Cattle trypanosomiasis in Africa to 2030
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Thornton, P., Robinson, T.P., Kruska, R., Jones, P. McDermott, J. and Reid, R. 2006. Cattle Trypanosomiasis in Africa to 2030. Background paper for report on Infectious Diseases: Preparing for the future. London, UK: Office of Science and Innovation.
Permanent link to cite or share this item: http://hdl.handle.net/10568/74295
External link to download this item: http://webarchive.nationalarchives.gov.uk/20140108140803/http://www.bis.gov.uk/assets/foresight/docs/infectious-diseases/t8_8.pdf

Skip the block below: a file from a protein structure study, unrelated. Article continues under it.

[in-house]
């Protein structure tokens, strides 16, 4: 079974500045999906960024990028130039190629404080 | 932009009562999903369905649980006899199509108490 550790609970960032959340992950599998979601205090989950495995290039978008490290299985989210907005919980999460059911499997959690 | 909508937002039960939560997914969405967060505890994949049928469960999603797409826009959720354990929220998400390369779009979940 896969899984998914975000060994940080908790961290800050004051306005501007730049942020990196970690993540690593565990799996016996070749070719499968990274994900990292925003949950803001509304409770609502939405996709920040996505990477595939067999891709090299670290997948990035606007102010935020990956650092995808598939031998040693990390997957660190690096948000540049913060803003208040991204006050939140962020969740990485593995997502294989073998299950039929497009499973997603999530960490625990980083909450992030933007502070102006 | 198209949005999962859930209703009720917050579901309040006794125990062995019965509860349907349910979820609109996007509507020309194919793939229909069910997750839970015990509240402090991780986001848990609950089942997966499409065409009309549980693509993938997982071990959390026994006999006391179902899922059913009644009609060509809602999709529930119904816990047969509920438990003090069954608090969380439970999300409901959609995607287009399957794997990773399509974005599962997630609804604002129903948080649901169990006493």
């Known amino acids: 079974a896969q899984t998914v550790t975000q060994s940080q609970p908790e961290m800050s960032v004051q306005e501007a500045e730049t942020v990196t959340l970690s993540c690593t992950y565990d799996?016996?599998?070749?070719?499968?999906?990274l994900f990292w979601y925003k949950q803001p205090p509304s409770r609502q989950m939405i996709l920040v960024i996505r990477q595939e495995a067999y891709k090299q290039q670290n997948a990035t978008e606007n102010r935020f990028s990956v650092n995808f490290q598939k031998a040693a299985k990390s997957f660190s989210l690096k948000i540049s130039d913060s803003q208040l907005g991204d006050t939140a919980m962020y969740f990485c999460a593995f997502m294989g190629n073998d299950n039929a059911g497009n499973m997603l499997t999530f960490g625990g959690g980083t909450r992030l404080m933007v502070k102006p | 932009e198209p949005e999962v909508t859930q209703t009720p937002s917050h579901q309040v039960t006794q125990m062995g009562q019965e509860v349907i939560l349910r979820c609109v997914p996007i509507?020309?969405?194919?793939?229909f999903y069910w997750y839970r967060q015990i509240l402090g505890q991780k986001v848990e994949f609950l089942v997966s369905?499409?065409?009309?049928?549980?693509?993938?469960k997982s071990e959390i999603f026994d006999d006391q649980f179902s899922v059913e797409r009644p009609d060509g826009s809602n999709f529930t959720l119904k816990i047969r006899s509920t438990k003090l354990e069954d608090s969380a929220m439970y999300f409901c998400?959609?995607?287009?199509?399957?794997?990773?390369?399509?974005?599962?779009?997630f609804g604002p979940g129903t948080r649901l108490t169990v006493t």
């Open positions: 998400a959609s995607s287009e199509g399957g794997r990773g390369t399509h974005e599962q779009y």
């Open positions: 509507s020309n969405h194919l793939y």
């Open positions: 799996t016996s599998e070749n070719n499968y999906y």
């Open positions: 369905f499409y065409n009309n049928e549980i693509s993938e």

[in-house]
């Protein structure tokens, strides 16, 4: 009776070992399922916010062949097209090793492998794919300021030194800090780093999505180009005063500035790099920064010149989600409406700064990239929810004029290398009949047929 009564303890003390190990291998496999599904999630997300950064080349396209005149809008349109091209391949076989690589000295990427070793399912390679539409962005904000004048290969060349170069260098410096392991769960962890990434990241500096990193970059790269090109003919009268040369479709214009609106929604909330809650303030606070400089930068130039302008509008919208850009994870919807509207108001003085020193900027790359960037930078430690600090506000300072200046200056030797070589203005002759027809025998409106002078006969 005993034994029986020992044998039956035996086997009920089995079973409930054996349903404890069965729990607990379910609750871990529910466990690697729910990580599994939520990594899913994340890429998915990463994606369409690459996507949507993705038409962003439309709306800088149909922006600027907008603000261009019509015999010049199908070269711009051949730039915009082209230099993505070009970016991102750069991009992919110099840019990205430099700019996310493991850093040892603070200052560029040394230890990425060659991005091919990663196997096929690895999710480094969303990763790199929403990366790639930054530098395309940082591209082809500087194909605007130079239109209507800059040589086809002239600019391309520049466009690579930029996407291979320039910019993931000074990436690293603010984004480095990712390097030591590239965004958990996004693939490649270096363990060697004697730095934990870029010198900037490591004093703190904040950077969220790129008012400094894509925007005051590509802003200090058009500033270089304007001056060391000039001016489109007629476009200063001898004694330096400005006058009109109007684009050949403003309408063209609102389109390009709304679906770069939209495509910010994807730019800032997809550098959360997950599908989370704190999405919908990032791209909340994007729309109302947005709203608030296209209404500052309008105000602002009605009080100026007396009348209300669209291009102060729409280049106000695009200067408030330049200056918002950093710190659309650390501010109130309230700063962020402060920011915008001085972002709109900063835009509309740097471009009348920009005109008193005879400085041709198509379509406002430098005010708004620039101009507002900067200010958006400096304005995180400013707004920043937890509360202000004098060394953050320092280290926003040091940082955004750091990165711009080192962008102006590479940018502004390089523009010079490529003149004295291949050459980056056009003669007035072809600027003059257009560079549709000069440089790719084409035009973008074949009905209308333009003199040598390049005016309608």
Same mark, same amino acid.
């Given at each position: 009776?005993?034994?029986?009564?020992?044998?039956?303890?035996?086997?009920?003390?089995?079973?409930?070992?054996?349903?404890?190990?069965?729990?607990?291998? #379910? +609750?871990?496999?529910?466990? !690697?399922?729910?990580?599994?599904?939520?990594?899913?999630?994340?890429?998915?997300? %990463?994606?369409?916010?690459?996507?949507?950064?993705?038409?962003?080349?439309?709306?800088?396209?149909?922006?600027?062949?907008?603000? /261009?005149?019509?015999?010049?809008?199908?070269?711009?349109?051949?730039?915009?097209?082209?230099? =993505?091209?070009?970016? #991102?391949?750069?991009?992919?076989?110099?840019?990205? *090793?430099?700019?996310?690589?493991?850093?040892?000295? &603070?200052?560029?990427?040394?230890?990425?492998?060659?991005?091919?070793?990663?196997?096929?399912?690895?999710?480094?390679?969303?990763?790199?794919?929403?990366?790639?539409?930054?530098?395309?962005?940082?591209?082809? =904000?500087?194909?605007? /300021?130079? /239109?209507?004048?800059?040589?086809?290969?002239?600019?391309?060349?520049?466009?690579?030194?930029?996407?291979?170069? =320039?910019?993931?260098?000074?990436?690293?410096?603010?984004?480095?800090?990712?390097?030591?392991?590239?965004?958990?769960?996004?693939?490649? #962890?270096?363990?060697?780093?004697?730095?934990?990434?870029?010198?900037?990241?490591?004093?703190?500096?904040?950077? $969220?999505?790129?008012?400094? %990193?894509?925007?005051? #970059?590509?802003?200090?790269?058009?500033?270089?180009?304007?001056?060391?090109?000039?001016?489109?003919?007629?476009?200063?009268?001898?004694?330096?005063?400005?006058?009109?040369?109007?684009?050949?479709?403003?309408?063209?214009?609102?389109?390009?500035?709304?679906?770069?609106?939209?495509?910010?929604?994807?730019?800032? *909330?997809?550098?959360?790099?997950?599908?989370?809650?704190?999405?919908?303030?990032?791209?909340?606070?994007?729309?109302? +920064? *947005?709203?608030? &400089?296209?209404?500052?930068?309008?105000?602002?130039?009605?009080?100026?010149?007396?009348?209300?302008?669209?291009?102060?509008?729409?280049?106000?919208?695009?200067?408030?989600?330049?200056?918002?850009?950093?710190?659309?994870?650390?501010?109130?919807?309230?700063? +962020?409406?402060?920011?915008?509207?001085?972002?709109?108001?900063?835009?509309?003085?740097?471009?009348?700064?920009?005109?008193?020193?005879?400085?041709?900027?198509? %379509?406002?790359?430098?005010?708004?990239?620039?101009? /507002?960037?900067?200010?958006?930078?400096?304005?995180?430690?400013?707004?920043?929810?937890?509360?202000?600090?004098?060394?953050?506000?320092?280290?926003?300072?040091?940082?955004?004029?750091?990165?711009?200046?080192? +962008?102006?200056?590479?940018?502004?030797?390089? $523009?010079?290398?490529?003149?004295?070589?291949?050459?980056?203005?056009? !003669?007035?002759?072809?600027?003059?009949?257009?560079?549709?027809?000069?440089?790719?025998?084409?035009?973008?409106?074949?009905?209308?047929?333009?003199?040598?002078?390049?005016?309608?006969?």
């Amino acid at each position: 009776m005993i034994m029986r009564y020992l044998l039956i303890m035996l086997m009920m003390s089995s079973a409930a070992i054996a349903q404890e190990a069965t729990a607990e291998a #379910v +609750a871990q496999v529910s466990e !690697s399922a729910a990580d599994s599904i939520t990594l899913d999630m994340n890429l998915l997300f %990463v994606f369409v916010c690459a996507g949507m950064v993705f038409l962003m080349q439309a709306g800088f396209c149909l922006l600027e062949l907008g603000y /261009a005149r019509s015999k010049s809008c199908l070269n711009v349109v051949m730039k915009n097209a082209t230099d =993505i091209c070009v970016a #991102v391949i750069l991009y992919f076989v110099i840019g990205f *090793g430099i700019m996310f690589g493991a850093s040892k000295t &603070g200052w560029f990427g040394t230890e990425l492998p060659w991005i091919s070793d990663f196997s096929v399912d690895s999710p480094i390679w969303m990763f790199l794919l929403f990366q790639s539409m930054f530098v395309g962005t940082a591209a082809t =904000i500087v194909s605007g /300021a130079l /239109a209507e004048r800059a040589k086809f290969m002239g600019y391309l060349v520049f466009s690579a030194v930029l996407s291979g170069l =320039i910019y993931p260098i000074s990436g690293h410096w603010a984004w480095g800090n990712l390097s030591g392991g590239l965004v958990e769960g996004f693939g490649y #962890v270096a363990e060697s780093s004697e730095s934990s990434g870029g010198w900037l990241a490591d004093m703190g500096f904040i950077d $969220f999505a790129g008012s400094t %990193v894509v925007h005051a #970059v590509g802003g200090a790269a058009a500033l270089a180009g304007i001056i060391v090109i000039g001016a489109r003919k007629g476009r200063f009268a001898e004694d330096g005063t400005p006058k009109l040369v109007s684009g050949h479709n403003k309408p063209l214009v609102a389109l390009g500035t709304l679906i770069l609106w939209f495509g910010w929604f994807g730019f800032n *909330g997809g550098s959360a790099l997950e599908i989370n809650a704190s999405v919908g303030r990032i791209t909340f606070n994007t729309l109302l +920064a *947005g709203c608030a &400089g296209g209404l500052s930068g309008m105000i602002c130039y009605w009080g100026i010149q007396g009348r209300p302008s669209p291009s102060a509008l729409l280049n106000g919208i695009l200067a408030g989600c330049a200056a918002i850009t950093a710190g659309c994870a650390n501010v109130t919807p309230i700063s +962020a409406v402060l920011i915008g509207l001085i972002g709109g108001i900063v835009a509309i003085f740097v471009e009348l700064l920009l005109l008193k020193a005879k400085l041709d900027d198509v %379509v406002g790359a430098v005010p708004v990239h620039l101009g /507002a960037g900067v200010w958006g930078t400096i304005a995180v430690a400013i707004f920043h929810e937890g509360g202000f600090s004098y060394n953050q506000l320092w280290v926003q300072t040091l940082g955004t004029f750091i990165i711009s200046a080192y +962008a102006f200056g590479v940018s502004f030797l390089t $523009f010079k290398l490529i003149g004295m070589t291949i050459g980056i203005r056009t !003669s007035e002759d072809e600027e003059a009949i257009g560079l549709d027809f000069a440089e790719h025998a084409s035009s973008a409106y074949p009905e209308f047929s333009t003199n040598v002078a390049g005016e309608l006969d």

Trypanosomiasis diseases are caused by single-cell organisms and affect both humans and cattle. This indicative study modelled the effect of climate change and population growth on the future range of tsetse flies, their main vector, in sub- Saharan Africa. Projected climate change to 2030 has a limited effect on their distribution. Population growth has more significant consequences, mainly caused by the land-use change that accompanies it. It could reduce the area in which tsetse flies are found by 15% by 2030. The main effect would be in drier areas of western, eastern and southern Africa, and in Ethiopia. Humid areas would be less altered. The authors say that other factors such as disease control efforts and changing agricultural practices may also affect the future range of the flies and of the diseases with which they are associated.